Estates, Trusts, Wills
Bonville and Howard is a trusted Law Firm helping you with a will. A will is customized to your desires and needs. Having a will insures that your property will be distributed to those whom you choose. Should you die without a will your property is distributed to those designated by Massachusetts Law.
A will allows you to make decisions, rather than forcing state law or a judge to make the decisions for you after your death. You can direct certain items of value or accounts to go to designated persons, including your church or favorite mission society or charity. The government cannot do this without your specific instructions in a properly executed will. You can designate your executor rather than leaving that choice to your heirs and the surrogate court judge. You can minimize fees and taxes with proper estate planning. You can designate a guardian for your children who will raise them in accordance with your beliefs, rather than having the judge make the decision. And you can set up a trust and name your choice of a trustee in your will to distribute your money to your children over many years and under your choice of conditions, rather than giving your children all of their inheritance at age 18 absent a will.
Wills can be changed easily, but it is not something you can do yourself. We draft our wills in a forward-thinking manner so they will not become obsolete in a couple of years. For example our wills usually accommodate younger children that arrive as a young family grows without the need to revise your will. But as circumstances change, as federal and state laws are changed, estate tax laws are amended, your selections of guardians or executors move away or become unsuitable, children become adults, and your net worth increases, it ultimately becomes necessary to make changes in your will with a codicil or perhaps with a new estate plan. We keep up on the ever changing laws so as to adequately advise you when it is necessary to change your estate plans.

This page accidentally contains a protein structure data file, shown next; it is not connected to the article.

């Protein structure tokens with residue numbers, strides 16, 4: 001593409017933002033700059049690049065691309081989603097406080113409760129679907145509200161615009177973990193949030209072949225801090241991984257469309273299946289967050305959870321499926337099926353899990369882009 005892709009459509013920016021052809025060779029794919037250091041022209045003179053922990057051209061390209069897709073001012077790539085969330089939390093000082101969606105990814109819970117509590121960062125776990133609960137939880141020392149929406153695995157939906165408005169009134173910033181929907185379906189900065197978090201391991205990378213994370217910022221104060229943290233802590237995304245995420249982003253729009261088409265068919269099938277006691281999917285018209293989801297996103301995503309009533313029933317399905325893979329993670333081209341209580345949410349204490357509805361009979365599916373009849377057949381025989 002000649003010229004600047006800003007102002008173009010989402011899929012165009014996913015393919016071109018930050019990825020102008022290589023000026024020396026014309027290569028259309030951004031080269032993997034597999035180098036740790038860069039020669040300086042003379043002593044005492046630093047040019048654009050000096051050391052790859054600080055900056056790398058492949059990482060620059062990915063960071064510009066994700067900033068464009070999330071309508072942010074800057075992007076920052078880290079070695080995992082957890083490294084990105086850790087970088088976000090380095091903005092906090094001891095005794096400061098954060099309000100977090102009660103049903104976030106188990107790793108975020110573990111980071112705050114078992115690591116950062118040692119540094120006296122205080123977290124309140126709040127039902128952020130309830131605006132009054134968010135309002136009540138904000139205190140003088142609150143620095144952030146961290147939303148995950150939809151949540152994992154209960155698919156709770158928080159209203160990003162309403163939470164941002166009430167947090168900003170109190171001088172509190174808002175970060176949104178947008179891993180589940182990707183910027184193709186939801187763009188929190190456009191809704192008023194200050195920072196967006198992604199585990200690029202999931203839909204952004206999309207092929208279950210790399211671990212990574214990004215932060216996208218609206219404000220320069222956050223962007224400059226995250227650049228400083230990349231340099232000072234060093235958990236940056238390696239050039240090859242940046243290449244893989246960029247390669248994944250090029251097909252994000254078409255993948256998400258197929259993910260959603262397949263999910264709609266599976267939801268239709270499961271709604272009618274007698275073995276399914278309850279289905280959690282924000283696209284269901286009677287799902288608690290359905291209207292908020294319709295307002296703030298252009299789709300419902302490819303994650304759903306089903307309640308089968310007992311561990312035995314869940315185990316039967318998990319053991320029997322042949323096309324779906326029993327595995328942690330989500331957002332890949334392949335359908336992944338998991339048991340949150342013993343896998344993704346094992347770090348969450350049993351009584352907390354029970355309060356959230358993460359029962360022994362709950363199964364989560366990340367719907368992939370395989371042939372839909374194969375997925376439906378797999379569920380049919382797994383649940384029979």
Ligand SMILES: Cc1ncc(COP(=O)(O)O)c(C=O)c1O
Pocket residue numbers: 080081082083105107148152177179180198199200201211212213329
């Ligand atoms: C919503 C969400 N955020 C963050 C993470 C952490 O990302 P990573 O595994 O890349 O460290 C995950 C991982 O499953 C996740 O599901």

Sometimes a will is not the best way to go. Some clients need trusts either standing alone or in addition to a will. Trusts can be included in a will, or can be drafted for all sorts of specialized purposes, such as avoiding probate, privacy, eliminating will contests, tax planning, Medicaid planning, educational gifts, and for many other purposes. After we review your estate needs, we can advise you what sort of trust you need, or whether you should forego the separate trust.
Sometimes proper estate plans involve transferring real estate while reserving life estates, gifting, Trusts, powers of attorney, various types of guardianship, and other devices.
If there has been a death close to you, it is likely that you will need to contact an attorney to handle the estate. If there was a will, the process is called “probate.” If there was no will, the court procedure is for “administration.” The first question to ask the lawyer should be: “Do I need to probate the will of the person who died?” or in the case of a death without a will, “Do I need an administration proceeding?” The answer is sometimes, but not always. We will discuss the estate situation with you to determine whether a probate or administration is necessary. If they are not necessary, we will advise you how to avoid them, and how to handle the assets of the deceased without extensive legal proceedings. Even if some estate proceedings are necessary, we may be able to use the “small estates” provisions of the law to make things very simple.